14. You mentioned on another thread that you knew people in your street who lost their jobs. What industries were they in? Would you agree some are more vulnerable than others?

    I was a project manager in construction. Another guy was an engineer of some sort for Marconi. Another guy was a director of a small building company that relied on public sector work for most of their income. The other chap was an import manager at an airfreight agents.

    Obviously some people are more vulnerable than others. But I can tell you one thing for sure, everyone then was worried about losing their jobs - even public sector workers. And this, of course, may come to pass again. Local and national taxation is, once again, very high. (Thanks AGAIN Labour, same old, same old ...) Yet hospitals are laying staff off. Even higher taxation is going to kill the economy. New Labour (same old [email protected]) are between a rock and a hard place - they've turned us from one of the lowest cost economies in Europe to one of the highest cost economies, they've taxed us all to death in ways we had never even thought of before and they still need more and more money to try to keep the balls in the air. (That's where I'd like to see him - after I'd put my boot up his @rse).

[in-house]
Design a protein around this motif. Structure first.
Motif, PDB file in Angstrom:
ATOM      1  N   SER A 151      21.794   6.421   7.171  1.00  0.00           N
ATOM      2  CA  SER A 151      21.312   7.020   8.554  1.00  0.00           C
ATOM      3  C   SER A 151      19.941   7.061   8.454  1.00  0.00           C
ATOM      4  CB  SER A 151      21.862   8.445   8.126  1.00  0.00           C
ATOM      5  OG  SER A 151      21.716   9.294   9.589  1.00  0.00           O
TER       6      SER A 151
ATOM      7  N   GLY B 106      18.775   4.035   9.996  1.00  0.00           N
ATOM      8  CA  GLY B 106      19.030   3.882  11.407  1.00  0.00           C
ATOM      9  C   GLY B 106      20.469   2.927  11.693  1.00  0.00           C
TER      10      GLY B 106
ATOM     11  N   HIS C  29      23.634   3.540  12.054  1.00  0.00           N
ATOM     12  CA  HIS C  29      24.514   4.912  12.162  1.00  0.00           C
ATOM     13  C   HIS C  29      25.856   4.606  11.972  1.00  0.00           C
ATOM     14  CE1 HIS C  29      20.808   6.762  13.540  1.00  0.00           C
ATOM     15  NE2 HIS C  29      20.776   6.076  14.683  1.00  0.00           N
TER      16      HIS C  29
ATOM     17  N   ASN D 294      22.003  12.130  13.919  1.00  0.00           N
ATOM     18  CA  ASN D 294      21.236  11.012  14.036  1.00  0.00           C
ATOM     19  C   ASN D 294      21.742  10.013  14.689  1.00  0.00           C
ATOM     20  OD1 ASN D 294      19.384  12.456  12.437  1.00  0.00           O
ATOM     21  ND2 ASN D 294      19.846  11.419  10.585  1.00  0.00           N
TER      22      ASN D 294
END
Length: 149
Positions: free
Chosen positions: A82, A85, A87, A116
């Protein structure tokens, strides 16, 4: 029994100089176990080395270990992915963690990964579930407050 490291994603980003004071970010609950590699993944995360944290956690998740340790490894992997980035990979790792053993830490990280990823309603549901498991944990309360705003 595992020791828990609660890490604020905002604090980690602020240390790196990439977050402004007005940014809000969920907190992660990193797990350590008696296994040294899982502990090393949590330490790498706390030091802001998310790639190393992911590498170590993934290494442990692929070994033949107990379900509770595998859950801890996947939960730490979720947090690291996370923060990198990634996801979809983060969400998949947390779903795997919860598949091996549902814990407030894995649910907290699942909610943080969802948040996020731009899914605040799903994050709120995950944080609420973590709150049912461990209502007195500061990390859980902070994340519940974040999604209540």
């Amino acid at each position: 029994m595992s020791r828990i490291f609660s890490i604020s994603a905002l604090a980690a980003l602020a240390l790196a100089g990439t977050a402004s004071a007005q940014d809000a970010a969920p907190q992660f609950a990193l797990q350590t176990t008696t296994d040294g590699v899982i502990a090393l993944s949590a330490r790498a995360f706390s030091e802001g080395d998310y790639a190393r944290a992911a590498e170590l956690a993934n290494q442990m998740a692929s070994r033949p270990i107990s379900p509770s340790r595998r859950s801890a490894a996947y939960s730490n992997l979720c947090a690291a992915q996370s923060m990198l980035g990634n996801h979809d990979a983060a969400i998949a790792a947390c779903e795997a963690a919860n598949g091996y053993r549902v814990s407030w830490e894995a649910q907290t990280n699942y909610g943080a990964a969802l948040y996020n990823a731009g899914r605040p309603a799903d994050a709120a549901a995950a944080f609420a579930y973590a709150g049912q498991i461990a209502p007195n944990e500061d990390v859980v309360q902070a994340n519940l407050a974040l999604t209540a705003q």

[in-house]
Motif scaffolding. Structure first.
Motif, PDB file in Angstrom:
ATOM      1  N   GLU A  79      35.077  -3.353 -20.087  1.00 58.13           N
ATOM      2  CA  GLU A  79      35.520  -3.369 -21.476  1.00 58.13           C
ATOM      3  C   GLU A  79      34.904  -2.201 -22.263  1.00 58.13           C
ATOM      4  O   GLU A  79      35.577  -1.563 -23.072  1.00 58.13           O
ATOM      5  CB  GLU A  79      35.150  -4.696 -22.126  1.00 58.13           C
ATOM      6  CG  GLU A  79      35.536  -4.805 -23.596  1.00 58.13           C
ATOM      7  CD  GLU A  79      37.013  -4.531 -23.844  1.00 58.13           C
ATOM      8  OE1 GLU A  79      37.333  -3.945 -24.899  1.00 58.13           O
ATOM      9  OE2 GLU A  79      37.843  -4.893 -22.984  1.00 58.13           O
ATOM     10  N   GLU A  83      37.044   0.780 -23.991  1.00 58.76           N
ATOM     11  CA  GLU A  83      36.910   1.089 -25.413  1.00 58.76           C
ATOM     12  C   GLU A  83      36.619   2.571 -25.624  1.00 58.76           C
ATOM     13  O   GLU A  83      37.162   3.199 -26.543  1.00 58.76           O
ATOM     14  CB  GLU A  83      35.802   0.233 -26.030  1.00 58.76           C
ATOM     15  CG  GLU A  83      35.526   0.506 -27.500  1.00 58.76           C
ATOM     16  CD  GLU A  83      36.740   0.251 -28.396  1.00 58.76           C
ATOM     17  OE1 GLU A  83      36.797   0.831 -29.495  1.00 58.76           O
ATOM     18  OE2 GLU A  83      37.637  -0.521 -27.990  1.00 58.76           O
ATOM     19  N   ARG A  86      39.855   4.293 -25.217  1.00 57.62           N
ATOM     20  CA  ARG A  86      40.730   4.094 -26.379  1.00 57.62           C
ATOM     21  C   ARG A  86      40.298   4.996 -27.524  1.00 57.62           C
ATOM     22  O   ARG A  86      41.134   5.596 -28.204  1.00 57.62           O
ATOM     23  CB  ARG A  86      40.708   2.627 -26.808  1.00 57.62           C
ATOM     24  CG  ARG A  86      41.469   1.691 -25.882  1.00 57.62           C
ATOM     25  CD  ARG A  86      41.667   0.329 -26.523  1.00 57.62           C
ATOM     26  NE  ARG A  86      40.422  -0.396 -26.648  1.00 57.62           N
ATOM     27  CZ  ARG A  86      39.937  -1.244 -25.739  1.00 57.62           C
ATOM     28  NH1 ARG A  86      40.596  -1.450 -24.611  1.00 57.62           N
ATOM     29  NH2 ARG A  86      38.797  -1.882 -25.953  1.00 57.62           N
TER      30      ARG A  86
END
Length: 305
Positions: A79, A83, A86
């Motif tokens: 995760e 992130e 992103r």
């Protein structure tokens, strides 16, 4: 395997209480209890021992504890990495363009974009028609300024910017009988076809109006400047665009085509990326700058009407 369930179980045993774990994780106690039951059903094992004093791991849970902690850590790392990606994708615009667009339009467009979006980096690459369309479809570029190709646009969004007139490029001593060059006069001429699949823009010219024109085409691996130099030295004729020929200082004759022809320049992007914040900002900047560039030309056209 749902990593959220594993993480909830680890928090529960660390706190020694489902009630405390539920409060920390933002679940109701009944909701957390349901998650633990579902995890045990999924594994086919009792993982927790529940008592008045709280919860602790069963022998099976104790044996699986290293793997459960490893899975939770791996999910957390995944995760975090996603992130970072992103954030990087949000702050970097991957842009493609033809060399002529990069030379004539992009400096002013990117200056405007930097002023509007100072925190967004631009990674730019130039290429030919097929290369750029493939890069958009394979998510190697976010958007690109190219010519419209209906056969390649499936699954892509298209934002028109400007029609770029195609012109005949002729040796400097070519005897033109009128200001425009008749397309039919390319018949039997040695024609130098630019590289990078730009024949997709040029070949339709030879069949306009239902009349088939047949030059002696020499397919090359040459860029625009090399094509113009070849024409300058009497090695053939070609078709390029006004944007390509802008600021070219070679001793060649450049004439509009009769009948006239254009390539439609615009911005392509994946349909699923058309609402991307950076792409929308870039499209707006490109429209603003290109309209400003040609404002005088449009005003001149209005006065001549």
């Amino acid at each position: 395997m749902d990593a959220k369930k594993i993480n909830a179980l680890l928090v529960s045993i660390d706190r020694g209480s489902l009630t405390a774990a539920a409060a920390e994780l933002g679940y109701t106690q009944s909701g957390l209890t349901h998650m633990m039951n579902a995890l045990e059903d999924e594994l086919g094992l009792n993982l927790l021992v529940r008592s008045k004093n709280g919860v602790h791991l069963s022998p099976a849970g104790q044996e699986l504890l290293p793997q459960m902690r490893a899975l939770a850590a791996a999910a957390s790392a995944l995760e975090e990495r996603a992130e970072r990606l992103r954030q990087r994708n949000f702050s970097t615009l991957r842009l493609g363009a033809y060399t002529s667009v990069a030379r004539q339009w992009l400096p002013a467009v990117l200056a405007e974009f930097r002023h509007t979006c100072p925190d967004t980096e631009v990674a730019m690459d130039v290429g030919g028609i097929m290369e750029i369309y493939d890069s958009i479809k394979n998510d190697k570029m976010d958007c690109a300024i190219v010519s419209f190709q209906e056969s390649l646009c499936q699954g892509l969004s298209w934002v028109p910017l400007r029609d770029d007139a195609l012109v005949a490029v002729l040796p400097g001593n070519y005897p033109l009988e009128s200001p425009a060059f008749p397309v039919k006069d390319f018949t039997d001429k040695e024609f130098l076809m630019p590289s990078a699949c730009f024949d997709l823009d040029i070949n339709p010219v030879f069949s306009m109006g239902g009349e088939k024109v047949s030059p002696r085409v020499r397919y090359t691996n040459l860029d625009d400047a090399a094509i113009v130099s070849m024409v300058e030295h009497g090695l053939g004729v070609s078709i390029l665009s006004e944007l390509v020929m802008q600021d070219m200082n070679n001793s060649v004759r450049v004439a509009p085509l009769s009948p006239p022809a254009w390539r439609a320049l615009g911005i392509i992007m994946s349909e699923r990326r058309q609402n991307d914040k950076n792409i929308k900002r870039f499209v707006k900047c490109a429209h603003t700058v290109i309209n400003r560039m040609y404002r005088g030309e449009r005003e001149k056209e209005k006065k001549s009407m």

The guy who used to run his own building company, after a couple of years on the dole, got a job at the Met Centre in Bracknell. Guess what? They moved lock, stock and barrel to Devon a while ago and he is now on the dole again. Only now he is over 60 and despairs of working again. Welcome to the modern world. Lucky to hold a job down for 10 years now.